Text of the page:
A Tweet by @RobGMacfarlane one day last week, got me thinking about how we’re all communicating with friends and neighbours in the time of Covid-19.
MacFarlane tweets a “word of the day” and that day he’d chosen ‘philoxenίa’ (Greek origin meaning kindness shown to people unknown; hands opened in care to those in need, tenderness offered across time and space) illustrating his tweet with a photograph of the Cueva de las Manos (Cave of the Hands), an artwork that dates back more than 10,000 years.
It takes its name from the vivid outlines of human hands, stencilled onto the walls of the cave. Apparently there are also pictures of animals (though none perhaps as comical as the chalked dinosaur illustrating this blog, courtesy of James Withers @scotfoodjames)
All over my home neighbourhood of Portobello, Edinburgh – probably like neighbourhoods across Scotland and the UK – chalked messages and drawings have been appearing at garden gates and in communal doorways, on sea walls and steps.
In Glasgow, my daughter and her flatmates communicate with the wee girl living opposite by exchanging messages on bits of paper in the tenement windows.
Alongside the now-ubiquitous rainbows-in-windows, new chalk messages spring up every day and then disappear in a shower of rain.
Some are birthday wishes, others messages to friends or words of encouragement to strangers and passers-by.
Like the Cave of the Hands, these liminal spaces – literally ‘crossing over spaces’ – seem a particularly appropriate place to leave a message.
Appropriate because they are transitional spaces, between one physical place and another (e.g. between the inside and the outside) or between one state and another (e.g. between sleep and wakefulness).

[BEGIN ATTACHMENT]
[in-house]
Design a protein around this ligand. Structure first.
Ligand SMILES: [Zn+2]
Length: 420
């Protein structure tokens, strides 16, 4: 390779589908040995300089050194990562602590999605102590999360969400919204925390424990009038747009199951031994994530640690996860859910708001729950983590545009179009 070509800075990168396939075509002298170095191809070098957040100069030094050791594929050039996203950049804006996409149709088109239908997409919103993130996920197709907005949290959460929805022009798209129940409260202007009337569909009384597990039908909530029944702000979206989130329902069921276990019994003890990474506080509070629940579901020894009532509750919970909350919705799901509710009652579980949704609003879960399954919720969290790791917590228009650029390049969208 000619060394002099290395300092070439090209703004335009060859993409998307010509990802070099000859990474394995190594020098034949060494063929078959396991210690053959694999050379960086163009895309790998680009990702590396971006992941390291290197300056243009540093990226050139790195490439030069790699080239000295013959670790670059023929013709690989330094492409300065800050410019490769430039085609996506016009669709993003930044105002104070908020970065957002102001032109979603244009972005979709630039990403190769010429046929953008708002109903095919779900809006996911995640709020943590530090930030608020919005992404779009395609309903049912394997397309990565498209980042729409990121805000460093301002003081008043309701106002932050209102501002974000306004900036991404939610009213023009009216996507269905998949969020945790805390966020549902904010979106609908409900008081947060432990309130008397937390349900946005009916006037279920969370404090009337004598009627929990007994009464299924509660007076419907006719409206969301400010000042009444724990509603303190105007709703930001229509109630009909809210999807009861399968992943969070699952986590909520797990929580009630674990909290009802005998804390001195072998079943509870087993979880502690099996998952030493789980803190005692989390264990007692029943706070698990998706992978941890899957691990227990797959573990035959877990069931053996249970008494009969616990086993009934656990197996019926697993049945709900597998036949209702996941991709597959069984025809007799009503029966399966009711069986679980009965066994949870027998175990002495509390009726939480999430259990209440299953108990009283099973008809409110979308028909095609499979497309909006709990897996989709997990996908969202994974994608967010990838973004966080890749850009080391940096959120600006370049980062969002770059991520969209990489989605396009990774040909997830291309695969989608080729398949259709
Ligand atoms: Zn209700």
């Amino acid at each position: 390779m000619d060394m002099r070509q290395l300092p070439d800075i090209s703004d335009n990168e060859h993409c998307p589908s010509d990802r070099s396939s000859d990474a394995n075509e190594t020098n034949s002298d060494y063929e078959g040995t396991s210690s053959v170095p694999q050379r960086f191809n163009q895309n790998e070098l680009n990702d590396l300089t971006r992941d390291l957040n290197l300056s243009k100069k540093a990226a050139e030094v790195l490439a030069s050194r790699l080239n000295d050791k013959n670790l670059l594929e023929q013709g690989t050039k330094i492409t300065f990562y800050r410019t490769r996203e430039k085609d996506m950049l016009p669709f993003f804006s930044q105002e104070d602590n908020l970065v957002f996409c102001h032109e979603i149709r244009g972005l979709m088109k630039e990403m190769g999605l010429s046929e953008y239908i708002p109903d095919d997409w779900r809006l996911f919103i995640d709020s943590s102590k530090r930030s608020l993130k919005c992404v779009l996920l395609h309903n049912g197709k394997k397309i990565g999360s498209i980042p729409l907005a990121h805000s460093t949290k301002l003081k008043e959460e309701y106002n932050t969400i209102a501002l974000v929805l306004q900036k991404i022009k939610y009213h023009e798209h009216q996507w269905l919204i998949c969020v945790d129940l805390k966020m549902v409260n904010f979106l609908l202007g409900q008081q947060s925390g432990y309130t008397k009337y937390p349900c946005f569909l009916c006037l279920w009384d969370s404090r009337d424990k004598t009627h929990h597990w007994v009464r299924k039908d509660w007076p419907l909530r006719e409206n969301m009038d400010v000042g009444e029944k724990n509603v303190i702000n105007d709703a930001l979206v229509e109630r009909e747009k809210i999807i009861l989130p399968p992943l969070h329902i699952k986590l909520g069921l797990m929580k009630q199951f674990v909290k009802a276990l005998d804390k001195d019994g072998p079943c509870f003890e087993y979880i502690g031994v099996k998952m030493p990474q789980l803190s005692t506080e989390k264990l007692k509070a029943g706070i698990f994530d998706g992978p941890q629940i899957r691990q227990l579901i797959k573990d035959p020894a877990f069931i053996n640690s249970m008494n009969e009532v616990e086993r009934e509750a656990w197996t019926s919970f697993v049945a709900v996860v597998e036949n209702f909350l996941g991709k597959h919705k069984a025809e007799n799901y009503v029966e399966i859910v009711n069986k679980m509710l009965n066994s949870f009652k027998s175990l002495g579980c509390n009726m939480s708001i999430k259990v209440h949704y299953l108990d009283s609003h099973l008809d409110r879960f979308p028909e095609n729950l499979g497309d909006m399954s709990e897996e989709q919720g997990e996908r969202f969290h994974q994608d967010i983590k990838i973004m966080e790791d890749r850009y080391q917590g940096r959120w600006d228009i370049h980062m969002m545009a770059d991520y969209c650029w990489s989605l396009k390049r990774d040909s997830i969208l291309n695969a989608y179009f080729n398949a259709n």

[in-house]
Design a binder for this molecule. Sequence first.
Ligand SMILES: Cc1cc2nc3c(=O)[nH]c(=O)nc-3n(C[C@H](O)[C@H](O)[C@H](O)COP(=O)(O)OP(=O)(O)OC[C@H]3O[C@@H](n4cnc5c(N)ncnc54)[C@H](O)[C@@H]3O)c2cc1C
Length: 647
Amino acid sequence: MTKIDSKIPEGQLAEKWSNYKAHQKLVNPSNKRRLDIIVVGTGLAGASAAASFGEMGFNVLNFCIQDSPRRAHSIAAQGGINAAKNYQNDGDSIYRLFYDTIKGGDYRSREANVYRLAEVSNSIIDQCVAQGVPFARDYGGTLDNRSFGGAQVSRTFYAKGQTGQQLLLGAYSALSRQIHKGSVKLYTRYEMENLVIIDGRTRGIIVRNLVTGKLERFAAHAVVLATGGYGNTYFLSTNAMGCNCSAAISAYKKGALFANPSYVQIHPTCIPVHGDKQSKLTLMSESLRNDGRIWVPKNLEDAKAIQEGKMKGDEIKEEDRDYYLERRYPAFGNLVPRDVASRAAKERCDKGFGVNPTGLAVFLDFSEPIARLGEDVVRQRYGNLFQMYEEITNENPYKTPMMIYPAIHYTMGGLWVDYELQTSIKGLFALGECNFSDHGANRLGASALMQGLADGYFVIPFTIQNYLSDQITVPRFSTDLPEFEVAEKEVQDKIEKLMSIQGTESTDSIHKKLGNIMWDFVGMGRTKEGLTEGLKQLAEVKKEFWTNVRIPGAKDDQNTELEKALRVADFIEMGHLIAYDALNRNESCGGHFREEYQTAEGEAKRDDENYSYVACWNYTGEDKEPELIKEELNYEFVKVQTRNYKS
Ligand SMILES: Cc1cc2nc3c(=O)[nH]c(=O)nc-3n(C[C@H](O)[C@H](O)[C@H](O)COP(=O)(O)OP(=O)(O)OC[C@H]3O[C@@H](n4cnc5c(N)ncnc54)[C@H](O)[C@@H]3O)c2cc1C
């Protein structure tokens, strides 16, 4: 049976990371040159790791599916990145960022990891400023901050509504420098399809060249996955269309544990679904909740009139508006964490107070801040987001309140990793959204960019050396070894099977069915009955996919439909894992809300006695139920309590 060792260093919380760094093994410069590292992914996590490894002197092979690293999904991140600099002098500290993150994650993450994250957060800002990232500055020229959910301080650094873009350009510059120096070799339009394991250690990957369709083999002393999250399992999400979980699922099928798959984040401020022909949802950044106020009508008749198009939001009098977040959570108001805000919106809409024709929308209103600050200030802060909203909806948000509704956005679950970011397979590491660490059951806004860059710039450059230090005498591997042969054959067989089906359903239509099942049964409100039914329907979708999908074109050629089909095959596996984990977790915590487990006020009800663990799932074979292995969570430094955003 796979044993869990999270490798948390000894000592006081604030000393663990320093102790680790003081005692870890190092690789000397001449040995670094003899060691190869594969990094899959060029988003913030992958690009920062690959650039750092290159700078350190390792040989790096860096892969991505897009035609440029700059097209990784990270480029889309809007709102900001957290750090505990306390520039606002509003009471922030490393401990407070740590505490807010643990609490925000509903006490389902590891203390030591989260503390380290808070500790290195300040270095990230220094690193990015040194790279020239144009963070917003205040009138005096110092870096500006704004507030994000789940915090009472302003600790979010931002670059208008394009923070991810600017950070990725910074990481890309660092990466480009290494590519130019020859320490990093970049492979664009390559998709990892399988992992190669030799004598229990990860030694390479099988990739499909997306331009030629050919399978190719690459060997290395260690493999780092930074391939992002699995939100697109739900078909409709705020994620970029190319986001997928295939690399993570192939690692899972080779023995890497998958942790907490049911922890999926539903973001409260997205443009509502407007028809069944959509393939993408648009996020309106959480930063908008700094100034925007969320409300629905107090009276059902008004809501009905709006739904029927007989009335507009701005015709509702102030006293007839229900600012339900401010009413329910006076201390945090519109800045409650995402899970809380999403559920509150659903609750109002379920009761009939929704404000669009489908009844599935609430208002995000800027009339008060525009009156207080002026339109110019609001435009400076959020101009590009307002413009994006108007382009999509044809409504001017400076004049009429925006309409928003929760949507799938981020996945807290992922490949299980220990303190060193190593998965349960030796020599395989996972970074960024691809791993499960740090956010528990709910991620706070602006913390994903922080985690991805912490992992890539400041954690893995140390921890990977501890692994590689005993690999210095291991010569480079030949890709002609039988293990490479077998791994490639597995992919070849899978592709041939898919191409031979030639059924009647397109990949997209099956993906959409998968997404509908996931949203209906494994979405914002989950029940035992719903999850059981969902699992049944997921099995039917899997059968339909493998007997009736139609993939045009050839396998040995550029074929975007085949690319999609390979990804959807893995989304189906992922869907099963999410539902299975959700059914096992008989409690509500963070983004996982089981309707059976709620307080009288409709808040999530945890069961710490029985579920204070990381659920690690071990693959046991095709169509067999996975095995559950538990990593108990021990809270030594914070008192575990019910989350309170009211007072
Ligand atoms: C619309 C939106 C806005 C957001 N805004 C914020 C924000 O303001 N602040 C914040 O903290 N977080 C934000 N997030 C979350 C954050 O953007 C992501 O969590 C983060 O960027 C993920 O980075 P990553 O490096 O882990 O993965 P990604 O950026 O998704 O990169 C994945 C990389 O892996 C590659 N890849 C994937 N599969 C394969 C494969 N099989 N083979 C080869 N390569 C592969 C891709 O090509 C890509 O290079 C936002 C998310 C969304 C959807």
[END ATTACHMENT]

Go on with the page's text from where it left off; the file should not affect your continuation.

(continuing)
In psychological terms, liminal space involves moments in your life where you are waiting for what is next. They are moments of transition, between one phase and another, where you feel and experience the discomfort of being on the threshold of a transition and often need the support of other people to help you get through them, such as leaving your home for uni or moving from one job to the next.
That seems a comforting thought while we’re in lockdown. As many people have said, “these times will pass”.
Perhaps we’ll look back on this liminal time – when we’re living between what was ‘normal’ and what will come after Coronavirus – as a short period of quiet streets, louder birdsong, clean air and care for neighbours and friends.
And like the chalk messages washed away by a rain shower, the world will all to quickly return to ‘normal’ and carbon emissions will shoot up and the pace of life will pick up again to its usual, frenetic pace.
Personally speaking, I hope some of the lessons we’ve learned – about the importance of living more connected and conscious lives, about kindness and mutualism, stay with us.